Doyal v. Oklahoma Heart, Inc.

213 F.3d 492 (2000)

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Doyal v. Oklahoma Heart, Inc.

United States Court of Appeals for the Tenth Circuit
213 F.3d 492 (2000)

  • Written by Arlyn Katen, JD

Facts

Carol Doyal (plaintiff) began working at Oklahoma Heart, Inc. (OHI) (defendant), a cardiology practice group, in 1992. By 1995, Doyal was OHI’s business office manager. In early 1995, Doyal began feeling helpless, anxious, stressed, and unmotivated. Doyal experienced difficulties thinking clearly, learning, remembering, and interacting with others. Doyal lost interest in work and everyday life activities. Doyal developed insomnia, often sleeping less than three hours each night, and began experiencing panic attacks. Ultimately, in March 1995, Doyal had a mental breakdown at work and her supervisor told her to take a week off. During her week off, Doyal was diagnosed with a type of depression. After Doyal requested a less-stressful position, OHI transferred Doyal to the position of human-resources director and reduced her salary. Although Doyal began taking an antidepressant that she found to be extremely helpful, Doyal was briefly hospitalized for a stress-related illness in April 1995. Doyal struggled as a human-resources director, and OHI terminated Doyal in May 1995. OHI cited several reasons for terminating Doyal, including (1) her inability to make decisions; (2) her frequent forgetfulness of job candidates’ names and qualifications; and (3) her breach of patient confidentiality, which occurred because she threw away medical records, mistakenly believing that a doctor had given her permission to do so. Doyal sued OHI in federal district court, arguing that OHI had violated the Americans with Disabilities Act (ADA) by terminating her. Doyal stated that her depression was a disability that limited her ability to learn, sleep, think, and interact with others. Specifically, Doyal claimed that she had difficulties learning names and learning OHI’s new computer system. In the alternative, Doyal argued that OHI perceived Doyal as disabled. The district court granted OHI’s motion for summary judgment, dismissing Doyal’s claim. Doyal appealed.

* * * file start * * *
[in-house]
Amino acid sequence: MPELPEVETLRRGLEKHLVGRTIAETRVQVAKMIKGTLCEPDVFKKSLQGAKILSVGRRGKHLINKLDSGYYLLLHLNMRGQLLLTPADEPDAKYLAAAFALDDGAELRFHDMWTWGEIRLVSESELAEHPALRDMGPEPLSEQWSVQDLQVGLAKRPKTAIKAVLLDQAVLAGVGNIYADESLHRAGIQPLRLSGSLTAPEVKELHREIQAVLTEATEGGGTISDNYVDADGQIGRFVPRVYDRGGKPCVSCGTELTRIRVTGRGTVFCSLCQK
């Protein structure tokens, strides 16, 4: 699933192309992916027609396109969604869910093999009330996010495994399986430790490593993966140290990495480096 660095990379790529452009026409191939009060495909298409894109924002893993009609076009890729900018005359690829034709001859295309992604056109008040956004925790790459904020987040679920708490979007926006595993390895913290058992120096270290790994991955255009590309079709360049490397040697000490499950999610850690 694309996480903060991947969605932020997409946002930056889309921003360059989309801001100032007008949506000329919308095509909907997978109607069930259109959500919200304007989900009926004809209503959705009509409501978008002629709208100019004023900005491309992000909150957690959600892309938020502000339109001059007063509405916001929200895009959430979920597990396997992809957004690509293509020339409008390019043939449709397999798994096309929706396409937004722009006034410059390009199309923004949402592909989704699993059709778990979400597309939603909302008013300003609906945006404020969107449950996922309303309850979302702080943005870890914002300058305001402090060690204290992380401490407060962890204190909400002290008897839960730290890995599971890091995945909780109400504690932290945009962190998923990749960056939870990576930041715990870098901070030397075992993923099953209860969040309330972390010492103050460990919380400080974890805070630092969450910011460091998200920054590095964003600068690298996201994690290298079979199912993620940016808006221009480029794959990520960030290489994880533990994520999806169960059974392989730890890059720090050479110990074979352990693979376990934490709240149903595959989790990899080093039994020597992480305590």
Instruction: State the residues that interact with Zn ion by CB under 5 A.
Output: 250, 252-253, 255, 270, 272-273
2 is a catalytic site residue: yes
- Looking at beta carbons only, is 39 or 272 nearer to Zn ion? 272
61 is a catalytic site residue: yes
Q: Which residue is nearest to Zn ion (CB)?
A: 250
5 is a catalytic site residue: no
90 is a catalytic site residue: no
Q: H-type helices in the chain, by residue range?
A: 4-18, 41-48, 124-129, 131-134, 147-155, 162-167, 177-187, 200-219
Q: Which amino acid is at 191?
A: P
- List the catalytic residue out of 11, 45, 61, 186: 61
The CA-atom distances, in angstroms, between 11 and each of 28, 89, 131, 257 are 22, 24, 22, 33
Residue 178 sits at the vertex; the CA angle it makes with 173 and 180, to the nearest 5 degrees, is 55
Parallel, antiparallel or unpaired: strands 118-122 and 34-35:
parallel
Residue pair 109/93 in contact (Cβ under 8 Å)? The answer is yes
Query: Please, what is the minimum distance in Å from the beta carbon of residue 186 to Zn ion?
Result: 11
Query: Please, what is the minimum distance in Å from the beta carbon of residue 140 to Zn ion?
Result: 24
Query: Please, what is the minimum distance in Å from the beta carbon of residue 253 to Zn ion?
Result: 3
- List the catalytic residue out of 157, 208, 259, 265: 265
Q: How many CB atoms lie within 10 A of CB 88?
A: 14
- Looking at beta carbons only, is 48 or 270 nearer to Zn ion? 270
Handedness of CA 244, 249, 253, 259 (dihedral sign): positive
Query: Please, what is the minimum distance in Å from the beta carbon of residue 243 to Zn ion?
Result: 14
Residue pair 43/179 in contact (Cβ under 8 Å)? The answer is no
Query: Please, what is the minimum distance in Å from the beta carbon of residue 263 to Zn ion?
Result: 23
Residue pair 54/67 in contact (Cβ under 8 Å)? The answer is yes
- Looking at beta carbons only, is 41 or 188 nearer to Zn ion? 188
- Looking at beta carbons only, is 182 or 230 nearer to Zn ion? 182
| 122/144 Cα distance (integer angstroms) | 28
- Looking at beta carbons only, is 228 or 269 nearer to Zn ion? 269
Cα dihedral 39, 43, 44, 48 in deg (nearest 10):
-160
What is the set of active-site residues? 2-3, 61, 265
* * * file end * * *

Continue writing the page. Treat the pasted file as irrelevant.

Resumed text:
Rule of Law

Issue

Holding and Reasoning (Alarcón, J.)

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